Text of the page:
No one would ever let a drug addict make life altering decisions for them. But that is just what many patients are doing when they seek treatment at hospitals. The terrible new reality is that it may be the doctor or nurse that is treating you who is high on drugs. According to a new report by USA Today there are more than100,000 doctors, nurses, technicians and other health professionals abusing prescription drugs. Usually dangerous narcotics such as oxycodone and fentanyl. These doctors and nurses are putting patients at risk for botched surgeries and terrible injuries that would be grounds for medical malpractice.
Almost as bad are the doctors who prescribe unnecessary prescription pain killers. A new report shows that doctors who are the most prolific prescribers of powerful narcotic painkillers and stimulants often have worrisome records, an analysis of Medicare data shows. In 2012, 12 of Medicare's top 20 prescribers of drugs such as oxycodone, fentanyl, morphine and Ritalin have faced disciplinary actions by their state medical boards or criminal charges related to their medical practices. These drugs have a high potential for abuse and are classified as Schedule 2 controlled substances by the Drug Enforcement Administration.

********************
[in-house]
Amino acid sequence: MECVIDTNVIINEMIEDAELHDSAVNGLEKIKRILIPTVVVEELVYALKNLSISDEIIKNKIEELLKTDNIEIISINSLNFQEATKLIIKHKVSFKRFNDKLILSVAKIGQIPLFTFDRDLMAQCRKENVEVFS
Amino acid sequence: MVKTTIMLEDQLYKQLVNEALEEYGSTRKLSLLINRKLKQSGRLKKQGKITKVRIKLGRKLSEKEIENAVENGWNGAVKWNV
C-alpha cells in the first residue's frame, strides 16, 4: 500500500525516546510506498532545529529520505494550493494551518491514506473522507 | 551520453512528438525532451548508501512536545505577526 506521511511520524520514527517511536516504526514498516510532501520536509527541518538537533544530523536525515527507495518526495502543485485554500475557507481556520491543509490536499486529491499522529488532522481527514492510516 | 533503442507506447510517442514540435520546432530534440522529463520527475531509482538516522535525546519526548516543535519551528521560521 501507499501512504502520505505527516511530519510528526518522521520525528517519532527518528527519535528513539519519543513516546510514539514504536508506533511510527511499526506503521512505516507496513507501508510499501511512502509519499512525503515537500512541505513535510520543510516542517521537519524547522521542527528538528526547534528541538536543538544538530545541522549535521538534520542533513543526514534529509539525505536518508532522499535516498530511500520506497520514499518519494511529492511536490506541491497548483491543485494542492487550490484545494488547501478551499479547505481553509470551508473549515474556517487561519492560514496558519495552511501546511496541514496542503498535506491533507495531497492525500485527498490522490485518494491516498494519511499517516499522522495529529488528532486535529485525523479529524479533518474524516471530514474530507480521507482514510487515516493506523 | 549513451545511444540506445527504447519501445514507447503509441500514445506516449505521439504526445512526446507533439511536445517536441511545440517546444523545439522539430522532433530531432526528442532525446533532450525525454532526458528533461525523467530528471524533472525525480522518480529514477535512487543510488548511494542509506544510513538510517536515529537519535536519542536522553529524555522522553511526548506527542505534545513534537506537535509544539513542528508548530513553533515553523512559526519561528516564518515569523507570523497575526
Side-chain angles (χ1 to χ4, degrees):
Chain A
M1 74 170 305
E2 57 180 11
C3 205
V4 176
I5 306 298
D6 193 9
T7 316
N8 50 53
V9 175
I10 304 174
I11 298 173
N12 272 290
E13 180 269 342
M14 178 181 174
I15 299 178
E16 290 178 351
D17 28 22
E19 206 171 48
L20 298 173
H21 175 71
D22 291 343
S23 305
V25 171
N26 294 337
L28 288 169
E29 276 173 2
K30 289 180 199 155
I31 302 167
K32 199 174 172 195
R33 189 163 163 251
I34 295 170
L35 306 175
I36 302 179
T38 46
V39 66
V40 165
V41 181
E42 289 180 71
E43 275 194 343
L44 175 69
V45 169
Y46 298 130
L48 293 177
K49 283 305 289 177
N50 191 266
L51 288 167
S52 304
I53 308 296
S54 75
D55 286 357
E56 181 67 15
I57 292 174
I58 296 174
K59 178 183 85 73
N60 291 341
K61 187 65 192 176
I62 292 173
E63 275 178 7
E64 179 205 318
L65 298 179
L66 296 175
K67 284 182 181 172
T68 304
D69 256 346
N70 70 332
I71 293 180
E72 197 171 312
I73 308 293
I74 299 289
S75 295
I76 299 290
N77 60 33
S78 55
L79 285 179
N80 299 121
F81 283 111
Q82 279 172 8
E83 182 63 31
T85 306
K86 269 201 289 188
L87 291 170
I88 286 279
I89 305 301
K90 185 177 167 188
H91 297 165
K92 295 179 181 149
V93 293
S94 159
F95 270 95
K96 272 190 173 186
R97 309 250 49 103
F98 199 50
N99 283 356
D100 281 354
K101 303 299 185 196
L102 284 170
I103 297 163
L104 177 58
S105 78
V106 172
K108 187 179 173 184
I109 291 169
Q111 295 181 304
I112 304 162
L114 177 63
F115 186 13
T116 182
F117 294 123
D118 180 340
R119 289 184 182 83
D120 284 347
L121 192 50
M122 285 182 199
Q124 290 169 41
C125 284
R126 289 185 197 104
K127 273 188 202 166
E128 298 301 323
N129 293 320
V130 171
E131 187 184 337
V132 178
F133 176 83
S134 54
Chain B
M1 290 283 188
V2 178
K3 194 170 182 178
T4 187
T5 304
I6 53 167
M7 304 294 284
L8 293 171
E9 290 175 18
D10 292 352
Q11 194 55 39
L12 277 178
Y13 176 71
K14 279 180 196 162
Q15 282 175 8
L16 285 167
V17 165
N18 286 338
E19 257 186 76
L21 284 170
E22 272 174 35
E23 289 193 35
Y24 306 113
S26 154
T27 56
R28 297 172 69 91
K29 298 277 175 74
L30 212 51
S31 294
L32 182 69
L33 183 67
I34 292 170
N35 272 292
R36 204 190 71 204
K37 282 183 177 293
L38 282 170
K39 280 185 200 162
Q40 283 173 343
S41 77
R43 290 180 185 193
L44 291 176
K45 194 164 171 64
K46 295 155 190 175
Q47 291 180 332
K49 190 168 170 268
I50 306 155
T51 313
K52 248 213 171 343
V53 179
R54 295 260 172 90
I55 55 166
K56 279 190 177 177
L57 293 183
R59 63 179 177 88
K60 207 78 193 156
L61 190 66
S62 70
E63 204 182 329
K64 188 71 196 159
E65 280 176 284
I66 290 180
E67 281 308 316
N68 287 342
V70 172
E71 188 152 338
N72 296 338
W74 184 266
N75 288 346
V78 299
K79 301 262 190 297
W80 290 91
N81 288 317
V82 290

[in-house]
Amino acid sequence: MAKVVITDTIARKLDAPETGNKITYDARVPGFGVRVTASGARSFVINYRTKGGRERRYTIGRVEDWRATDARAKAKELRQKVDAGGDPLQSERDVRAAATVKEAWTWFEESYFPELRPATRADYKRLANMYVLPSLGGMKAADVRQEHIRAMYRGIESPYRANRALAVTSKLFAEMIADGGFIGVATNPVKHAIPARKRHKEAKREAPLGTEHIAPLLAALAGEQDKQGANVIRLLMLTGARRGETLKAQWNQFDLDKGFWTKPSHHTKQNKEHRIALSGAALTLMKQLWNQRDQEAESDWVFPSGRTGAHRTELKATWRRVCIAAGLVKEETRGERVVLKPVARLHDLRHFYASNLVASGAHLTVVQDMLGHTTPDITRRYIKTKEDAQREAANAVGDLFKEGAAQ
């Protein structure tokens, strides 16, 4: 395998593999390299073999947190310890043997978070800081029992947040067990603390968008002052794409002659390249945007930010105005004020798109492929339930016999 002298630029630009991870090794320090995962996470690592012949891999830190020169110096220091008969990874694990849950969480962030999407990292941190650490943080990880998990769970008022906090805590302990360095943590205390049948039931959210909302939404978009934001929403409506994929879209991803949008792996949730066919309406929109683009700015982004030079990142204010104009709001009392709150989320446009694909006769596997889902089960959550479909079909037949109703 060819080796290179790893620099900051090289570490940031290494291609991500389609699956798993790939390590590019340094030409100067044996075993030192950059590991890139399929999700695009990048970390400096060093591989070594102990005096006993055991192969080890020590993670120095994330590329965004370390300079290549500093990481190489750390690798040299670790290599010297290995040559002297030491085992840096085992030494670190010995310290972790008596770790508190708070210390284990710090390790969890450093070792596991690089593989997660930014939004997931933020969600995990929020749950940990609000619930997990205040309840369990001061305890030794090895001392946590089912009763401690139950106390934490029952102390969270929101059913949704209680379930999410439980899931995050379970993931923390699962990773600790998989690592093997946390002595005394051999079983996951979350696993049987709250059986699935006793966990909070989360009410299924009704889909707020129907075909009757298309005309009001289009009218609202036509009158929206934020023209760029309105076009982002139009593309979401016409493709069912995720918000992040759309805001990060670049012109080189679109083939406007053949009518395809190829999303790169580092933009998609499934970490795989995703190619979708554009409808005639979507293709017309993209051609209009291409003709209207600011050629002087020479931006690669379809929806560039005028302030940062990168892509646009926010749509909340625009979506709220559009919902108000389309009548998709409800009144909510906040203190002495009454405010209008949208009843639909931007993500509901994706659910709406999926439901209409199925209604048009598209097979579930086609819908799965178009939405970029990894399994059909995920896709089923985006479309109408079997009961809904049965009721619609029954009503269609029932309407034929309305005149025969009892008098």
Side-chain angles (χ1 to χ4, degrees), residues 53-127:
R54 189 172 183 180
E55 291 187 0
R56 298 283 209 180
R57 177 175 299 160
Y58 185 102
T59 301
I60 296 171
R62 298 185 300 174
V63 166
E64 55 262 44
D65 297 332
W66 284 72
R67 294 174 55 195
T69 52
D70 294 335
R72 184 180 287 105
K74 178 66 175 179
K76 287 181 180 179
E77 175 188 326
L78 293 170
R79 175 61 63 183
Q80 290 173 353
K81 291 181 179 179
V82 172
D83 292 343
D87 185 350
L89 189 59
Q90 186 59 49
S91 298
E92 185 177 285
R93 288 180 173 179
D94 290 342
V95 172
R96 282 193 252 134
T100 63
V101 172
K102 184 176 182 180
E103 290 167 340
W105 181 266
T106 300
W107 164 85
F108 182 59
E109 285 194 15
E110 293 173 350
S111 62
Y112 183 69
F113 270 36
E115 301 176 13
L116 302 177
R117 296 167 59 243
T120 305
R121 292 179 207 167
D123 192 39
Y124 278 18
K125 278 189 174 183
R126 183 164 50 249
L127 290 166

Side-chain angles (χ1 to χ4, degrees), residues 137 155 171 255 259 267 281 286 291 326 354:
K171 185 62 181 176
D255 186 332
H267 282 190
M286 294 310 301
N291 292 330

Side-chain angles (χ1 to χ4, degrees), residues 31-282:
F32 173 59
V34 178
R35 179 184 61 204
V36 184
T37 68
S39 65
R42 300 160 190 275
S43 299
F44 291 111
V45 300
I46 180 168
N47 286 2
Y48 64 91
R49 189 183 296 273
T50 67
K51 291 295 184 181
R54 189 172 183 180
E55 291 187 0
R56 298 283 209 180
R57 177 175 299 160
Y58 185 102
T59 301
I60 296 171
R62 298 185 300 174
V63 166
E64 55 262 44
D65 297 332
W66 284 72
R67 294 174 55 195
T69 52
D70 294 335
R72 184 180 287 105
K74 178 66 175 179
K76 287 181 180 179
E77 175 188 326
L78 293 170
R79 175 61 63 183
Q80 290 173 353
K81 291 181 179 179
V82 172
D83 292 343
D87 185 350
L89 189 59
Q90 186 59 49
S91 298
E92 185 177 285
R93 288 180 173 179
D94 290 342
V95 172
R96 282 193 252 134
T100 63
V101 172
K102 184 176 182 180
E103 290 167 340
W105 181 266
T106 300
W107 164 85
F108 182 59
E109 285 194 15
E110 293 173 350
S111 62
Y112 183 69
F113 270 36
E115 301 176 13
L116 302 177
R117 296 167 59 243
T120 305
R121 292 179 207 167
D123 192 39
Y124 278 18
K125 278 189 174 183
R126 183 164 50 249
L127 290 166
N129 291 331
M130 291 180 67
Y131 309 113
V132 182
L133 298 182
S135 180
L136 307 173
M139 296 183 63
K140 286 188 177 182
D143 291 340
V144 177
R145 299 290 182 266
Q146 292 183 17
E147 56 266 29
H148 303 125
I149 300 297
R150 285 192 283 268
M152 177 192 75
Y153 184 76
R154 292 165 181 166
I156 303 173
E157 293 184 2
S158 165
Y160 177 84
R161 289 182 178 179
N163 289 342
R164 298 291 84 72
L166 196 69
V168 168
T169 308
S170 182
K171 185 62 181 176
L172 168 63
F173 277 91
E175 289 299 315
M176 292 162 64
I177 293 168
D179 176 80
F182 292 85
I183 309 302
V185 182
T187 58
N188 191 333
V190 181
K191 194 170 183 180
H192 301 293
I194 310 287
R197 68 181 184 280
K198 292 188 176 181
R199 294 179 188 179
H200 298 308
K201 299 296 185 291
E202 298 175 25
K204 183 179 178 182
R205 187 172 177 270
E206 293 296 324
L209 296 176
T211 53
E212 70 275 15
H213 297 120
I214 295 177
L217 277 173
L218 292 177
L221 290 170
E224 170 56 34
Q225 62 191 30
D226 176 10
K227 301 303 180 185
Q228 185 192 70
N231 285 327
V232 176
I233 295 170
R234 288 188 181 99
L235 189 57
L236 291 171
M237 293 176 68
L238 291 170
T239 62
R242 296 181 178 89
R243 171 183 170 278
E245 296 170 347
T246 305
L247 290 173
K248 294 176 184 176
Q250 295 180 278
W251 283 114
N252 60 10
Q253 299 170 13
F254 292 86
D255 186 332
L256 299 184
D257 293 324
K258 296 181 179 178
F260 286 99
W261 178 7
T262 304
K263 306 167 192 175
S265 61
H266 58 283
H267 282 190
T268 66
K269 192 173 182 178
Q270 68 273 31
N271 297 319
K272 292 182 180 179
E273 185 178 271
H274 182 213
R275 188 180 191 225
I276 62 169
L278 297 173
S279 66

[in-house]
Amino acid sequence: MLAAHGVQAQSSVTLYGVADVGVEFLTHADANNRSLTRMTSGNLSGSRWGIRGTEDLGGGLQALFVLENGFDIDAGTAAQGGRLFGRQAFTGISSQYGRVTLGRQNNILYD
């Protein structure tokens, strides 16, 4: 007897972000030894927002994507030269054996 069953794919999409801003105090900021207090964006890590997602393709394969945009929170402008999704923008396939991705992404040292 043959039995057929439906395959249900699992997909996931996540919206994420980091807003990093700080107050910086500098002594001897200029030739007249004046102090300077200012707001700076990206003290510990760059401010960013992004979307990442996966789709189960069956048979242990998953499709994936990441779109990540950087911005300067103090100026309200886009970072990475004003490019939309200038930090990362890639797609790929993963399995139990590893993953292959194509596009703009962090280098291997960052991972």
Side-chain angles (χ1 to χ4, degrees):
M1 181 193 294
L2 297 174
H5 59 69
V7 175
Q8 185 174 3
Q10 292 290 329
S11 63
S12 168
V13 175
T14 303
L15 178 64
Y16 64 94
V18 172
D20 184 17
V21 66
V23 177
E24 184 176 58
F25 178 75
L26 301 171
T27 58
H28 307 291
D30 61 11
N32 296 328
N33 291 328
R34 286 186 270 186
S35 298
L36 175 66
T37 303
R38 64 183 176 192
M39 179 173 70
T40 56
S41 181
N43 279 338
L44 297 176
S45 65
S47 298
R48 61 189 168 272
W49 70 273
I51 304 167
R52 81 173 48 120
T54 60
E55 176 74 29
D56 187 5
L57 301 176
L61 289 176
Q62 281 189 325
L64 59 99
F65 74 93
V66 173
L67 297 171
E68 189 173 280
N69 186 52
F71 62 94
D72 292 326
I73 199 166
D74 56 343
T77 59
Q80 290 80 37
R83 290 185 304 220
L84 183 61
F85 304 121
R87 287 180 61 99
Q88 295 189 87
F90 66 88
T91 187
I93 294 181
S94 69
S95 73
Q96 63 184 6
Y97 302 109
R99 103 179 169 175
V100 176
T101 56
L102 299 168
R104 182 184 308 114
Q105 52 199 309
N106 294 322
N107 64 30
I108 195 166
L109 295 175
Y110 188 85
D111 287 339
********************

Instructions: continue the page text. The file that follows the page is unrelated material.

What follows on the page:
Something as routine as having surgery to remove children’s tonsils or adenoids can go terribly wrong if too much or the wrong pain killer is prescribed. The FDA recently issued a warning not to prescribeCodeine to children. Since that warning, a review of the FDA database has determined that from 1969 to May 1, 2012, there were ten deaths and three overdoses associated with codeine.
As Virginia medical malpractice attorneys we have seen properly prescribed pain drugs that have killed patients even when the victims followed all dosing instructions for the medication. One such dangerous drug is the Fentanyl or Duragesic pain patch. In one case a jury reached a verdict for the family of a 28-year-old Florida man who died while wearing a fentanyl transdermal pain patch, and one allegation was that a defective "fold over" in the patch allowed a lethal amount of the drug to be absorbed unbeknownst the victim until it was too late.